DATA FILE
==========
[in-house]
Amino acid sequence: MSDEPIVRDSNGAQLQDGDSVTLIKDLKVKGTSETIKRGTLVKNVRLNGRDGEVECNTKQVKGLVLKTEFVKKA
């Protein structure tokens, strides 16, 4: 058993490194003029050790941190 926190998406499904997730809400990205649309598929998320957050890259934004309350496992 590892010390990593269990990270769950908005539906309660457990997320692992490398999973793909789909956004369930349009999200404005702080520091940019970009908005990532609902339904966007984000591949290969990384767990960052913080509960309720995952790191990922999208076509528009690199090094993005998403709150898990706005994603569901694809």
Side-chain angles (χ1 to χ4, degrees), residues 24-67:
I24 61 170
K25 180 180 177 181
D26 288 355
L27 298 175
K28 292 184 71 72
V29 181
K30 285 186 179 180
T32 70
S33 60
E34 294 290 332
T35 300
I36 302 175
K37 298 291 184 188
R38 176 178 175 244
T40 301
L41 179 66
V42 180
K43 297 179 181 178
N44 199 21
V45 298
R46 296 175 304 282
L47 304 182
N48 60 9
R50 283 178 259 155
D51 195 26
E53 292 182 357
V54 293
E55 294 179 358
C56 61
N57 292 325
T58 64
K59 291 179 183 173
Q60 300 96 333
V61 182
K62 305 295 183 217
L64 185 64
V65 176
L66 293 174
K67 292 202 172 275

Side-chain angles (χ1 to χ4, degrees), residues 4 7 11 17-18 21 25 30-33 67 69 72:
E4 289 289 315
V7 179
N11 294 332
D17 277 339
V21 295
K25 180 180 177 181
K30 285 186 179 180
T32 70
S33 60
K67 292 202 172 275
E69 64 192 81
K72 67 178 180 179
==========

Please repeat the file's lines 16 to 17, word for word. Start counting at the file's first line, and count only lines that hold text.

I36 302 175
K37 298 291 184 188